**Variables**:- Here variables are the colors we can assign to each node. So, each node shall have a variable for itself containing a value that indicates it color.**Domain**:- Domain is the set of colors from which we can assign a color to node in the graph. Here, we will take integers starting from**0 to K-1**where K is the number of colors, and each integer denotes a color.**Constarints**:- For the problem above, No two nodes having a edge between them can have the same color. So, we will define constraint for each edge in the graph. For example, if there exist a edge from node**N1**to node**N2**then the value of N1 can not be equal to value of N2.

### Installation

For the reference to installation of or-tools, it is best to follow the guidelines mentioned at here.

We will be using networkx for plotting graphs. Follow the installation guidelines mentined at here.

### Code

```
from ortools.sat.python import cp_model
import matplotlib.pyplot as plt
import networkx as nx
# Define a class for solution printing inheriting the CpSolverSolutionCallback
class SolutionPrinter(cp_model.CpSolverSolutionCallback):
"""Print intermediate solutions."""
def __init__(self, variables, limit):
cp_model.CpSolverSolutionCallback.__init__(self)
self.__variables = variables
self.__solution_count = 0
self.__solution_limit = limit
self.colors = ["red", "blue", "green"]
self.node_colors = []
# This is a callback function which is called when a solution is found.
def OnSolutionCallback(self):
self.__solution_count += 1
for v in self.__variables:
print('{} = {}'.format(v, self.colors[self.Value(v)]), end = '\n')
self.node_colors.append(self.colors[self.Value(v)])
print()
if self.__solution_count >= self.__solution_limit:
print('Stop search after {} solutions'.format(self.__solution_limit))
self.StopSearch()
def SolutionCount(self):
return self.__solution_count, self.node_colors
# A function to solve the graph coloring problem
def graph_coloring(num_nodes, connections, k, num_solutions=2):
# Instantiate the CpModel
model = cp_model.CpModel()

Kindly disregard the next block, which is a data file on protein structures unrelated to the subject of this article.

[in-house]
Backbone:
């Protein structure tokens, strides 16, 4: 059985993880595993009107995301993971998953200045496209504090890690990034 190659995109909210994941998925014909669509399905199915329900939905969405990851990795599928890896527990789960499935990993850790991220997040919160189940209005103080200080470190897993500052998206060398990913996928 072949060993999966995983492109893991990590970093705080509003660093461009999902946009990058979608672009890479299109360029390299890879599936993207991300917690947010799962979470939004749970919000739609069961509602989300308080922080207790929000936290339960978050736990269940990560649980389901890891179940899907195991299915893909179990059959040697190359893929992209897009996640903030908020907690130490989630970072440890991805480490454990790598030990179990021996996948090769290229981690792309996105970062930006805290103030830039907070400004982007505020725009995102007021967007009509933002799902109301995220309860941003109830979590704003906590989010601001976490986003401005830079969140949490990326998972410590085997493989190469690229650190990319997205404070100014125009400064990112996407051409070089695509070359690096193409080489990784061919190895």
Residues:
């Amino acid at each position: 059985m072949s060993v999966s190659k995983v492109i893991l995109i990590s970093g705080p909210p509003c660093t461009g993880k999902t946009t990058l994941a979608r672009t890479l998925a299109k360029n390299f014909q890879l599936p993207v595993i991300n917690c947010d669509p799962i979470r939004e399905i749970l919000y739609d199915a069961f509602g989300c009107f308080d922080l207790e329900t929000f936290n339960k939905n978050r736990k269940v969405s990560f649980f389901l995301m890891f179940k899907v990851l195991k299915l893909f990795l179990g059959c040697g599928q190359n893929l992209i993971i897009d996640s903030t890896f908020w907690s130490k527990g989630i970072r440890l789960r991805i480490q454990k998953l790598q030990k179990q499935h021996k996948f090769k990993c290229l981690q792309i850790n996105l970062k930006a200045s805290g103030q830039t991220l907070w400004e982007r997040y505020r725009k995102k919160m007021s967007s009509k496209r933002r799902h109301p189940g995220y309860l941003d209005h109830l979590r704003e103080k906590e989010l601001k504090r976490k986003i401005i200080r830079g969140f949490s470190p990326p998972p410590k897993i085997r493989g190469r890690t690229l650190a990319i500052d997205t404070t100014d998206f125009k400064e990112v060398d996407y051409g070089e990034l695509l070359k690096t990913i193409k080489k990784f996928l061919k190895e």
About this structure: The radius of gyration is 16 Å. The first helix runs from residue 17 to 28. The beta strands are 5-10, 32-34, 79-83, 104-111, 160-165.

# Create a variable ranging from 0 to k for each node.
nodes = [model.NewIntVar(0, k-1, 'x%i' %i) for i in range(num_nodes)]
# Add a constraint (i.e value of node A != value of node B) for each edge.
for i, conn in enumerate(connections):
model.Add(nodes[conn[0]] != nodes[conn[1]])
# Instantiate a Cp solver
solver = cp_model.CpSolver()
# Instantiate a callback function to print solution
solution_printer = SolutionPrinter(nodes, num_solutions)
# Search for all soltuions
status = solver.SearchForAllSolutions(model, solution_printer)
count, colors = solution_printer.SolutionCount()
print("Solution found : %i" % count)
# Return the color values
return colors
# Define number of nodes in the graph
num_nodes = 10
# Set number of colors as domain
domain = 3
# Add a connection for each edge.
connections = [
(0, 1),
(1, 2),
(2, 3),
(3, 4),
(0, 4),
(1, 5),
(0, 6),
(2, 7),
(3, 8),
(4, 9),
(5, 9),
(5, 8),
(6, 7),
(6, 8),
(7, 9)
]
# Define the number of solutions required.
num_solutions = 1
# plot a raw graph
g1 = nx.Graph()
for conn in connections:
g1.add_edge(conn[0], conn[1], color="black")
plt.subplot(121)
nx.draw(g1, with_labels=True, font_weight='bold')
plt.savefig("raw.png")
# call the graph coloring function to solve the graph for given colors.
colors = graph_coloring(num_nodes, connections, domain, num_solutions)
# Plot a processed graph.
plt.subplot(122)
assign_colors = []
for node in g1.nodes():
assign_colors.append(colors[node])
nx.draw(g1,node_color = assign_colors, with_labels=True, font_weight='bold')
plt.savefig("processed.png")
```

### Output

```
x0 = red
x1 = green
x2 = red
x3 = green
x4 = blue
x5 = blue
x6 = green
x7 = blue
x8 = red
x9 = red
Stop search after 1 solutions
Solution found : 1
```

and a picture,

For code you can refer to my colab notebook on github

I hope you understood how a constraint programming problem is formulated and solved with this amazing tool provided by google. For more info you can always refer to documentation and tutorials by google.

### Conclusion

Today, we learnt how to formulate a constraint programming problem and solve it using Google OR-Tools. Thanks for a reading. I’ll be continuing on more problems that are solved by Google OR-Tools. So, if you are interested see you around. Bye!